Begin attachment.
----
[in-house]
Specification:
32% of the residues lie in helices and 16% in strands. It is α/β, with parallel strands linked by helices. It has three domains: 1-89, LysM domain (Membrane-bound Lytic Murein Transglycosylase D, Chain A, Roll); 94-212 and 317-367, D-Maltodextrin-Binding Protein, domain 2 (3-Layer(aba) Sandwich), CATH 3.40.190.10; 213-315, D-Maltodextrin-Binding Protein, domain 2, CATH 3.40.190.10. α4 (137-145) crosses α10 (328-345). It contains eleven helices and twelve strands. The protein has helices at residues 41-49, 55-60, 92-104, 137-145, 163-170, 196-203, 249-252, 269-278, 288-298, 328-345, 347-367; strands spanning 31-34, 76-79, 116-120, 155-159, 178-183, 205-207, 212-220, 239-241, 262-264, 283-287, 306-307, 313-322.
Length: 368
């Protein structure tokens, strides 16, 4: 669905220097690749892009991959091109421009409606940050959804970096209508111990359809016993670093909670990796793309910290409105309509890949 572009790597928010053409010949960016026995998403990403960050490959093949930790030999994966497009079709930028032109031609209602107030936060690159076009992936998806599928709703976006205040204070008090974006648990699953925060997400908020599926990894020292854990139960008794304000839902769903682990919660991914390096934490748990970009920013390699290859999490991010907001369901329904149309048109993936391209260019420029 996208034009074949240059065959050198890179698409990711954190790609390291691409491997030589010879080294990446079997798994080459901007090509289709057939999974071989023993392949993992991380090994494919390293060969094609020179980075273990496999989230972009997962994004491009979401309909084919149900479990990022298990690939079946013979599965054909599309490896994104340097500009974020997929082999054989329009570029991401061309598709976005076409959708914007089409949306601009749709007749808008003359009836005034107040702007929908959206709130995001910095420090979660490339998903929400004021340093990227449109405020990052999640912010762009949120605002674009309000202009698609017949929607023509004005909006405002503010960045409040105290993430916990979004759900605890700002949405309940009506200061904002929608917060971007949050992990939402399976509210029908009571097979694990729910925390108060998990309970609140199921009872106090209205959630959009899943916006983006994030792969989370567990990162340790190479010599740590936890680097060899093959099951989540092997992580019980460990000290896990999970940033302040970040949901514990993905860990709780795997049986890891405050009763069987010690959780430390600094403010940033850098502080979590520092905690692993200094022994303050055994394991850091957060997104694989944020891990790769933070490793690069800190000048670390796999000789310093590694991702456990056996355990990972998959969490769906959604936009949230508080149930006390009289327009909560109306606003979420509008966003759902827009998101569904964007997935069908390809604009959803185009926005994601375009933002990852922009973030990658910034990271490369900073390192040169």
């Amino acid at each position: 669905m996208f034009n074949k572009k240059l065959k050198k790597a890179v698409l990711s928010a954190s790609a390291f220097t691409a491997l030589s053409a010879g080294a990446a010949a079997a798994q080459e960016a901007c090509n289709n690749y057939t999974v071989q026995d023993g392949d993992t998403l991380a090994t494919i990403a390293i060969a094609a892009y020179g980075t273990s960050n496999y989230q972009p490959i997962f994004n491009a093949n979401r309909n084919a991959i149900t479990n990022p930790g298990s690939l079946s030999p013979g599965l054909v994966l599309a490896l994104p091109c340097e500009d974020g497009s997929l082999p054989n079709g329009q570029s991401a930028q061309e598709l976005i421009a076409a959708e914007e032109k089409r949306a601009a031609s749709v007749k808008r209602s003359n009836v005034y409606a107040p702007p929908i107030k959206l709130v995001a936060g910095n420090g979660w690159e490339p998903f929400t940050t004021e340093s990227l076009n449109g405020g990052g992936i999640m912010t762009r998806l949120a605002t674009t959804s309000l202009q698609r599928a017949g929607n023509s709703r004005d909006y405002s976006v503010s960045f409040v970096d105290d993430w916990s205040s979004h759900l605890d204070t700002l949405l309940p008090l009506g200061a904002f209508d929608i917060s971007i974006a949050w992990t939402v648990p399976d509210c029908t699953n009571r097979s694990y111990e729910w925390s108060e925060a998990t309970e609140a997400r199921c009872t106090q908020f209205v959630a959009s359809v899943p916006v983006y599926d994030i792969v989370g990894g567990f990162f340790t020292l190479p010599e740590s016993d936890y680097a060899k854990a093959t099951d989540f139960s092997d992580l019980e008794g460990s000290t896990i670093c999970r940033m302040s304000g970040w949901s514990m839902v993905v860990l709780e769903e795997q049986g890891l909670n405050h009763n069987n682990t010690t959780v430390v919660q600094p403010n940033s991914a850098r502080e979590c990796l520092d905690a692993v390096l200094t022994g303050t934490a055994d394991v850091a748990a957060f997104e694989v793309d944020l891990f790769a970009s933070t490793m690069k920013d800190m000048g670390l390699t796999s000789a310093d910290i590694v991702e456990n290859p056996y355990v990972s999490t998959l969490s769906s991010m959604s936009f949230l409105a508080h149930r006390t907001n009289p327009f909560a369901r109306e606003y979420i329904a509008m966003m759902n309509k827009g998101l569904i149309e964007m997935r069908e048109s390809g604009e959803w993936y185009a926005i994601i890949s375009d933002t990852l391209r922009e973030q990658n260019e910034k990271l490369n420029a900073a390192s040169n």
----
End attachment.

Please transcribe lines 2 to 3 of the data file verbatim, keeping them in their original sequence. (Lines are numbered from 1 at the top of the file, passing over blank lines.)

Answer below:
Specification:
32% of the residues lie in helices and 16% in strands. It is α/β, with parallel strands linked by helices. It has three domains: 1-89, LysM domain (Membrane-bound Lytic Murein Transglycosylase D, Chain A, Roll); 94-212 and 317-367, D-Maltodextrin-Binding Protein, domain 2 (3-Layer(aba) Sandwich), CATH 3.40.190.10; 213-315, D-Maltodextrin-Binding Protein, domain 2, CATH 3.40.190.10. α4 (137-145) crosses α10 (328-345). It contains eleven helices and twelve strands. The protein has helices at residues 41-49, 55-60, 92-104, 137-145, 163-170, 196-203, 249-252, 269-278, 288-298, 328-345, 347-367; strands spanning 31-34, 76-79, 116-120, 155-159, 178-183, 205-207, 212-220, 239-241, 262-264, 283-287, 306-307, 313-322.